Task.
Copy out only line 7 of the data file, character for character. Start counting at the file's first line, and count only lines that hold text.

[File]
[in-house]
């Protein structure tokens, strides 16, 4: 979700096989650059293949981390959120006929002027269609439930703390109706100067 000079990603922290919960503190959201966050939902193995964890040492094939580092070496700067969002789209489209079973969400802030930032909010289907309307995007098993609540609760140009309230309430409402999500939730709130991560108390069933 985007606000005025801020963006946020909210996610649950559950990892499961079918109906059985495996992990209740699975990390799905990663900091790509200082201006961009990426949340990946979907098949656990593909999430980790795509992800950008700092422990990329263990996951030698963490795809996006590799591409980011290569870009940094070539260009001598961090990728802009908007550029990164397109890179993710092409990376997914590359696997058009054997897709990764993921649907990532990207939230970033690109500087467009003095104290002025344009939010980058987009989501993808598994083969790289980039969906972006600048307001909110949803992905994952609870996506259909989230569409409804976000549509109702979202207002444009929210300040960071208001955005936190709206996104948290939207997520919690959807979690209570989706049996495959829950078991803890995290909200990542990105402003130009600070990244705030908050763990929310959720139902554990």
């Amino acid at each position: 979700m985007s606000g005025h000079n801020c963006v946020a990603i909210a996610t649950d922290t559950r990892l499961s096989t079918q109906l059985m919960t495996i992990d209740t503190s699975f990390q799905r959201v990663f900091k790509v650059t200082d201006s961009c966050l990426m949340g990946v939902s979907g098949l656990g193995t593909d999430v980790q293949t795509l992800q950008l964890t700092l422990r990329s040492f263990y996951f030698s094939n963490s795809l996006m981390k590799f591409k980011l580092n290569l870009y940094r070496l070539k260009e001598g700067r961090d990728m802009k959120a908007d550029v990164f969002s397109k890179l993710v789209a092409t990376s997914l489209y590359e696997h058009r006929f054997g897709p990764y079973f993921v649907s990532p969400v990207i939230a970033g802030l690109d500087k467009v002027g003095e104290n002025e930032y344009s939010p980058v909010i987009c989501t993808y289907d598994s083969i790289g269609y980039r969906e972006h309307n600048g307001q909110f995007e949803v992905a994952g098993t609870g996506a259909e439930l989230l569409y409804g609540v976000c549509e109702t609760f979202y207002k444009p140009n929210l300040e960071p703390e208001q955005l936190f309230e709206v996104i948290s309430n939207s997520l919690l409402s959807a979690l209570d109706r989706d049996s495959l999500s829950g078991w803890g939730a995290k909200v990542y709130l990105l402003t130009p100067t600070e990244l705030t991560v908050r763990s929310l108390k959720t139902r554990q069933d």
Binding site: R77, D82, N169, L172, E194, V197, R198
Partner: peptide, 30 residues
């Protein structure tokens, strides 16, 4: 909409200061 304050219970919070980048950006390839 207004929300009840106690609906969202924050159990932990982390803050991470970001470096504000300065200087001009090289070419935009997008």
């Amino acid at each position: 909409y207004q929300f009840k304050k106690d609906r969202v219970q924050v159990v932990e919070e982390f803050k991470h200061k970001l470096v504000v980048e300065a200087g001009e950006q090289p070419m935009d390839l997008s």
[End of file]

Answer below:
């Amino acid at each position: 909409y207004q929300f009840k304050k106690d609906r969202v219970q924050v159990v932990e919070e982390f803050k991470h200061k970001l470096v504000v980048e300065a200087g001009e950006q090289p070419m935009d390839l997008s």